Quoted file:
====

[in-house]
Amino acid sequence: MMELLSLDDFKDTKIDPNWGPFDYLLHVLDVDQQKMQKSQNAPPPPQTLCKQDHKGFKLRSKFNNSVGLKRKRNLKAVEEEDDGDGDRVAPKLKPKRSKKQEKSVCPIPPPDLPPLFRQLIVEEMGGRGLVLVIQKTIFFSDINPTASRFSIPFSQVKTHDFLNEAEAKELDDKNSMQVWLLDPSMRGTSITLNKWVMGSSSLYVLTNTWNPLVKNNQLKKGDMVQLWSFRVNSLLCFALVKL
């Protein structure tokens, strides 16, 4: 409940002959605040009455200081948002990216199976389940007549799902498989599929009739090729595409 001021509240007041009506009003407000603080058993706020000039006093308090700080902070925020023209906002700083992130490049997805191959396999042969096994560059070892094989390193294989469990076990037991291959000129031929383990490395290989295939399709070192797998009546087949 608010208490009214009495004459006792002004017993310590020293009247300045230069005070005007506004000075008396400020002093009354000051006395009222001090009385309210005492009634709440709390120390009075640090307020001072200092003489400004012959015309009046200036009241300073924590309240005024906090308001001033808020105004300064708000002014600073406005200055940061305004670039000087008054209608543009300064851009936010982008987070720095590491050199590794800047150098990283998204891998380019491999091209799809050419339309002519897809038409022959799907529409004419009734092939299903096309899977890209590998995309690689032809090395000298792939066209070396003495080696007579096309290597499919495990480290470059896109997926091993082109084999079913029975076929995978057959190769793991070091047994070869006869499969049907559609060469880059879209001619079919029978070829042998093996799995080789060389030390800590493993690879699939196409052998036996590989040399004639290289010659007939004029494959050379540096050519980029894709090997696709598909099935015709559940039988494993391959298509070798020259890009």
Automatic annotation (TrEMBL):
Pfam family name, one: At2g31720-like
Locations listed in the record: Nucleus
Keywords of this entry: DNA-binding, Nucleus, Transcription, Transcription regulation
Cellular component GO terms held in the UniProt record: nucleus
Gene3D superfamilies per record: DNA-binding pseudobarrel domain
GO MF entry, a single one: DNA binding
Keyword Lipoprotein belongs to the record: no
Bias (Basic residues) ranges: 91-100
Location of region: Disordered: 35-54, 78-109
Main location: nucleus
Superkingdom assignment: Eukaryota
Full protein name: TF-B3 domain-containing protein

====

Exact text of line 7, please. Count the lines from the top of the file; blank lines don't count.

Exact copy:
Keywords of this entry: DNA-binding, Nucleus, Transcription, Transcription regulation